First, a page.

"Have you even been to Monte Carlo before?" he heard Rebecca ask, in her smooth and cultured voice.
"No," Richie admitted. "First time."
Silence. The waitress brought soup, which bought them a few moments of busyness as the beef was ladled into bowls. Richie shifted in his chair, wondering how stupid he could sound in front of Rebecca. Immensely stupid, he guessed. From the moment he'd first seen her she'd awed him into being tongue tied and bashful. Amanda had been hard to approach, but he'd managed to talk to her after awhile. Rebecca, though, seemed even more beautiful, and vaguely mysterious as well. Looking at her made him think he'd forgotten something important, something deep and powerful that didn't even have a name.
Duncan was caught up in his own conversation, so Rebecca tried to draw the teenager out. "Have you enjoyed the city so far?"
"Mmmm hmmm," Richie said.
She wondered if all American teenagers were so hard to engage in a simple dialogue. "You're from New York City?"
"No, Seacouver," he said, glancing at her curiously. "Why did you think New York?"
Rebecca smiled. "I thought everybody in America lived in New York City."
"Never even been there, except to change planes at the airport," Richie said, dropping his attention back to his soup.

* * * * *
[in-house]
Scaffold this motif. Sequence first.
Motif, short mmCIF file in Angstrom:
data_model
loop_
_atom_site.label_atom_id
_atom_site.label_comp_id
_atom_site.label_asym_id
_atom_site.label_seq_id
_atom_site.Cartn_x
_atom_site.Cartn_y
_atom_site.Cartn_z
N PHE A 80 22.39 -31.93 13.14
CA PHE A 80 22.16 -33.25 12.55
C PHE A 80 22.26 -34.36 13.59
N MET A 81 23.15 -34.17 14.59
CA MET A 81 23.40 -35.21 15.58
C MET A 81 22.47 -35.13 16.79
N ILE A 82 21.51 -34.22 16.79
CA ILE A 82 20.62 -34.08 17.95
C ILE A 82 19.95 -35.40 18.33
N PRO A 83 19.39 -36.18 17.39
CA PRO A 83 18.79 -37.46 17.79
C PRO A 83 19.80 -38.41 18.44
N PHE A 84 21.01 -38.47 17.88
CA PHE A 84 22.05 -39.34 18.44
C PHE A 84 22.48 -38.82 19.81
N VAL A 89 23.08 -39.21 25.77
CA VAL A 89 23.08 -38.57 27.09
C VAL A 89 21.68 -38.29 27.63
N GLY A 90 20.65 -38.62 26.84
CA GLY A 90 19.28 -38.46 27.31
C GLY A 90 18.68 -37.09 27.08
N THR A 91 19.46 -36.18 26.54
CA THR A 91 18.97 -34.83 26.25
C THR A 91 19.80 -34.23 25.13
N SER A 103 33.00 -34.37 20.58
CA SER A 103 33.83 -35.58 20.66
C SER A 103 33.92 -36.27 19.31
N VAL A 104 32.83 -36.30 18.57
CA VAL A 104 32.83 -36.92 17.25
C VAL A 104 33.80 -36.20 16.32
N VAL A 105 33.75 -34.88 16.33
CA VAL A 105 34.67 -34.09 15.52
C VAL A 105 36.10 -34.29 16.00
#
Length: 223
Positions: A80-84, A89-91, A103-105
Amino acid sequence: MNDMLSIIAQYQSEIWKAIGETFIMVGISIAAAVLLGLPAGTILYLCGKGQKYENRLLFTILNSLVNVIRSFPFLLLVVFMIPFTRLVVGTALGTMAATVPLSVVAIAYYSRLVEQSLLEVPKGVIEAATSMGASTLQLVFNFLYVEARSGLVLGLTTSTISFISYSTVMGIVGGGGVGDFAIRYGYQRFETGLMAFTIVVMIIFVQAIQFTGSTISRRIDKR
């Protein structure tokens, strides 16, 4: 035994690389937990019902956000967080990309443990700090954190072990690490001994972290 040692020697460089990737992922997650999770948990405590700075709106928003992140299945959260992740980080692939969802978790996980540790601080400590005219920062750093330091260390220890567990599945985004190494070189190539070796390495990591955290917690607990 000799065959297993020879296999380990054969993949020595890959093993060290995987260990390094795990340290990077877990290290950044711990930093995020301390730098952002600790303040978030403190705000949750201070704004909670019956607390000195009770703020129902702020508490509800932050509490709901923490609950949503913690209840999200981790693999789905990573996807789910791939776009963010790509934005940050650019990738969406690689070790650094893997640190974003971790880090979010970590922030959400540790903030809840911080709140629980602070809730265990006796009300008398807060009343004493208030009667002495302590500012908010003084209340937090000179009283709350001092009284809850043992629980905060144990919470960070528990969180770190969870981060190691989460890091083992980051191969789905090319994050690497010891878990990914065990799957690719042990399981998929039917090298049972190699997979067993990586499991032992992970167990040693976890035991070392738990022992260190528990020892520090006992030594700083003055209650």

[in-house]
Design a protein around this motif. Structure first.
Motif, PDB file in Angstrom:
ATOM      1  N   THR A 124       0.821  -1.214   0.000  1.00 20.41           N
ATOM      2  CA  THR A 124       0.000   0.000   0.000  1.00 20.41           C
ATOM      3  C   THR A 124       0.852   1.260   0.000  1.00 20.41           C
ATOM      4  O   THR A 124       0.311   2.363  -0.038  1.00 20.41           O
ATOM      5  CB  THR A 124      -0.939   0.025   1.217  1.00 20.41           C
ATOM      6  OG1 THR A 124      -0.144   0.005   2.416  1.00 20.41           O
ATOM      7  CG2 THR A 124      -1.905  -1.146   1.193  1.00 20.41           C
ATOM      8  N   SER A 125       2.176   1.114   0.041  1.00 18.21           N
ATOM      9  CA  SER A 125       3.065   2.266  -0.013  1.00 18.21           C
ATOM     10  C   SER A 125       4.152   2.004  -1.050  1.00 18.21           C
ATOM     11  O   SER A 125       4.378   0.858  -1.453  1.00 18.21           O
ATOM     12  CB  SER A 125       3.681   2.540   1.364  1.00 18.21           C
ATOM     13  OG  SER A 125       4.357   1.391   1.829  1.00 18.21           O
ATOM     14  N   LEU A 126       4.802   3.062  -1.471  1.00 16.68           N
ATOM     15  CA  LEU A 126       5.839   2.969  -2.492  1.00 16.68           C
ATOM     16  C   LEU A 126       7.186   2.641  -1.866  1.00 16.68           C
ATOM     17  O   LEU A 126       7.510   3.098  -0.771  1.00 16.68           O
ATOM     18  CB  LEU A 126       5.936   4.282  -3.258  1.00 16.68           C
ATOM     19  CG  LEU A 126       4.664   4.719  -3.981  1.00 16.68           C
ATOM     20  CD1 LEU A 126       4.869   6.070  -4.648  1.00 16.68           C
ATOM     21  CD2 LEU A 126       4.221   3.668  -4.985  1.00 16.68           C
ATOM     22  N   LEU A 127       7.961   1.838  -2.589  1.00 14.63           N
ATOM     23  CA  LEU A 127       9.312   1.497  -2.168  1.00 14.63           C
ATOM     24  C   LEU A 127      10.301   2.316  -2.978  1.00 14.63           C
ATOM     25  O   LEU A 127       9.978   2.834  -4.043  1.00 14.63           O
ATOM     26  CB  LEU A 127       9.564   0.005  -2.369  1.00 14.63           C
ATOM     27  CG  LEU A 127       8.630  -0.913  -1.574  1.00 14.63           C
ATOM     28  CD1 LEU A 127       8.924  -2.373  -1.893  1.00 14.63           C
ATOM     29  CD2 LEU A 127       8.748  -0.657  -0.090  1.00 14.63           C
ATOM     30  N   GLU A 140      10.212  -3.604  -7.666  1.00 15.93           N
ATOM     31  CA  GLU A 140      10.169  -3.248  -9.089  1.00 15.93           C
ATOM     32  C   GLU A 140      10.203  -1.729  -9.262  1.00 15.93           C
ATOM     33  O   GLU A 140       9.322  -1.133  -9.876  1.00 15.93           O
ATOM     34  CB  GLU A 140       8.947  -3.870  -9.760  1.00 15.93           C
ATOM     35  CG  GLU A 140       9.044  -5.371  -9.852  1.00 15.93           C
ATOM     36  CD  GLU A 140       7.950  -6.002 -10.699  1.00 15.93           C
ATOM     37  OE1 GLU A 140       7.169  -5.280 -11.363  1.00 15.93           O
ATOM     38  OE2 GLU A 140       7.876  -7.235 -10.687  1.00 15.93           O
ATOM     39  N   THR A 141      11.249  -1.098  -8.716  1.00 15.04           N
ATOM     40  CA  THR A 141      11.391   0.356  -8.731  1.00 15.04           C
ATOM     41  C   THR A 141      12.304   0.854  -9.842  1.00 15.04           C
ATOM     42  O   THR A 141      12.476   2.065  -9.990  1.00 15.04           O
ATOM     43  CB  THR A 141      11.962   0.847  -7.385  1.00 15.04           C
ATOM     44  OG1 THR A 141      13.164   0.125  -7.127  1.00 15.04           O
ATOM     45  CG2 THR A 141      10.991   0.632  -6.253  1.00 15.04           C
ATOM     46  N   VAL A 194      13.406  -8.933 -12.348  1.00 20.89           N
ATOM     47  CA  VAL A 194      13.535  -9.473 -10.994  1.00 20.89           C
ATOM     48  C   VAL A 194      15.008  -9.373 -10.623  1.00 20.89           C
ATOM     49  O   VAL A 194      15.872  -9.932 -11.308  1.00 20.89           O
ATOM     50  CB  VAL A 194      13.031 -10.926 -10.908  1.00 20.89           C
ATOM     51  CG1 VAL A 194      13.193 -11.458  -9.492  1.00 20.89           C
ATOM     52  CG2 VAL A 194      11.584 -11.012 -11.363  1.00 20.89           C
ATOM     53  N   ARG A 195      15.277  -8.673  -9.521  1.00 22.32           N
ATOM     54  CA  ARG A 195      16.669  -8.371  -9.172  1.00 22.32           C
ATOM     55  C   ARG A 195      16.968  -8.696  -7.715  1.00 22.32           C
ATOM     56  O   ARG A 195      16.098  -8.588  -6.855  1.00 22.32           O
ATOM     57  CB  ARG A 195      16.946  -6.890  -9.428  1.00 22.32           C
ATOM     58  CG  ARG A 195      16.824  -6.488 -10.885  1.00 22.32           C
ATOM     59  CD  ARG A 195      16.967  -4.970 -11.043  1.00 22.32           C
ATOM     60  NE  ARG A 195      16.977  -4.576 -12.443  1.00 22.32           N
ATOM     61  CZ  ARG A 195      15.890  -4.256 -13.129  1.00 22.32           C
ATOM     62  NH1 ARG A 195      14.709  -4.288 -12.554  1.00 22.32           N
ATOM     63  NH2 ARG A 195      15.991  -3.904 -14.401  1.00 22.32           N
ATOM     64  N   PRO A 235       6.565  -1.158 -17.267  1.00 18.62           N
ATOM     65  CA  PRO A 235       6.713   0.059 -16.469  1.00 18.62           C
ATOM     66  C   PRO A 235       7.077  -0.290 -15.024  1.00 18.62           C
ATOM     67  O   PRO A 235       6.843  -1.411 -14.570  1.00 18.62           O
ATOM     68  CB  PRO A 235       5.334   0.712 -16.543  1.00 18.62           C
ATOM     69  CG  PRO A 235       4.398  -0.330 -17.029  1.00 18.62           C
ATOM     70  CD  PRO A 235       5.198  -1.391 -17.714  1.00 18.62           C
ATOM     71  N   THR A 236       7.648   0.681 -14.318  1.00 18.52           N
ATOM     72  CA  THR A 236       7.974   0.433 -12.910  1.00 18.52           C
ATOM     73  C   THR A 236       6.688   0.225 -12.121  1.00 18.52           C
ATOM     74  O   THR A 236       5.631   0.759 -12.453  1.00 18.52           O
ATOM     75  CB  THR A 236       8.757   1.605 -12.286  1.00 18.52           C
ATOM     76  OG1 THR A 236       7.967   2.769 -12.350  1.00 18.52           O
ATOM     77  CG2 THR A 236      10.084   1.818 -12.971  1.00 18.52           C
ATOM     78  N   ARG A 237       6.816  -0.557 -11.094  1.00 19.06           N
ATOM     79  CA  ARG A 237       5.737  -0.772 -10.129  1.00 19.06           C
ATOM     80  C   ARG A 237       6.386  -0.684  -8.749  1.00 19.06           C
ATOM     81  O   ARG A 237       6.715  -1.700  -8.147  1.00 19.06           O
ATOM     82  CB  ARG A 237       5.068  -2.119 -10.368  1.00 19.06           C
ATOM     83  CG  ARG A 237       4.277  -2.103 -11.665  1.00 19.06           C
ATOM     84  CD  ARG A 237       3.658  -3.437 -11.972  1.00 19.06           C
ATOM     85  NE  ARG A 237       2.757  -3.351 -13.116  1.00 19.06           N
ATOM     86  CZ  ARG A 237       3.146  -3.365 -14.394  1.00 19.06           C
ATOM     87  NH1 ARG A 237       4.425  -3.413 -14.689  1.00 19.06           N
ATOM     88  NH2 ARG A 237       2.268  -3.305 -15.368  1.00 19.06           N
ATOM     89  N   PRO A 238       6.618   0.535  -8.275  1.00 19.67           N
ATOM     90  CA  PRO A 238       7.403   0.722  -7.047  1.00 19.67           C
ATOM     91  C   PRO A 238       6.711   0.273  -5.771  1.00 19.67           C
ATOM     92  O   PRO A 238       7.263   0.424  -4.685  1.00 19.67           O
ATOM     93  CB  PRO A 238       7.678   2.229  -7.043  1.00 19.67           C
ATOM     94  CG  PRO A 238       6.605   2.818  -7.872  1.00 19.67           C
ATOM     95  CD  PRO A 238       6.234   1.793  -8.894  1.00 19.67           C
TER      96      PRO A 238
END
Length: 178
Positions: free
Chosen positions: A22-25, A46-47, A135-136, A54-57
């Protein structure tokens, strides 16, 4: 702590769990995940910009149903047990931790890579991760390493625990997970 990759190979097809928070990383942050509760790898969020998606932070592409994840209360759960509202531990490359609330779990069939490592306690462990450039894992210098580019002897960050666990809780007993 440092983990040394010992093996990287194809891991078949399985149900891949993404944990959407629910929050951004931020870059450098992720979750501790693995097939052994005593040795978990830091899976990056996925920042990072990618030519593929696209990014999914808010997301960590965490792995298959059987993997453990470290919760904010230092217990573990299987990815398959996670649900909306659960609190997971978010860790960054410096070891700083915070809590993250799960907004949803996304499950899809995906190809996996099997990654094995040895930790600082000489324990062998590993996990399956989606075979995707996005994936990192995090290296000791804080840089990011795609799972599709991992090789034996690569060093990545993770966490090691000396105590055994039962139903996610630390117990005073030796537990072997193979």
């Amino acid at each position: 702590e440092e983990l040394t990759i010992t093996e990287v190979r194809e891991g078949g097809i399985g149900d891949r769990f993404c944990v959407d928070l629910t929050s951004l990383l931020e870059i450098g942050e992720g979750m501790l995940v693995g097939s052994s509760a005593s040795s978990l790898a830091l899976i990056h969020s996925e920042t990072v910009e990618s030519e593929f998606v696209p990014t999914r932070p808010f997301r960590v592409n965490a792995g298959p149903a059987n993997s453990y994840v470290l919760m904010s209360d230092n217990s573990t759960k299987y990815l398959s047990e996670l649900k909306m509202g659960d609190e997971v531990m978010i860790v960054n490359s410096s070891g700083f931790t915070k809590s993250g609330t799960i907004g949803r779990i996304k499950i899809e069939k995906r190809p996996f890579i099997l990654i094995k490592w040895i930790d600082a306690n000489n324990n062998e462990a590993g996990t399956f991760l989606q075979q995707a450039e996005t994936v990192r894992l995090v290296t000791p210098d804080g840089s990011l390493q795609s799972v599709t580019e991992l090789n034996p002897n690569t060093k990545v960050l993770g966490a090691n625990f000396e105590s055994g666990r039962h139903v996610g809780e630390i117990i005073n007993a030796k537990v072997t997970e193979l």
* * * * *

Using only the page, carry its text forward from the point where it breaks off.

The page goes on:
The ballet dancer's wife had been to New York, and hated it. Rebecca listened to her whine about the prices and rudeness. When the waitress came back with salads, Rebecca asked Richie, "Do you live in Paris now?"
"Mmmm hmmm," he said.
"I always disliked Paris myself," she said. "Too crowded, too cold, too much stone."
He raised one shoulder in a half-shrug. "I didn't like it for awhile, but it kind of grows on you."
The hotel's maitre'd called the tables one by one to the buffet line. Rebecca's eyes widened at the amount of food Richie crammed onto his plate, and Duncan teased the boy with, "Leave a little for the rest of us, Richie."
"I am!" Richie protested. "I've got to make up for breakfast." But his worried eyes met Rebecca's and he asked, hesitantly, "Too much?"
"No," Rebecca reassured him. "You're not taking too much."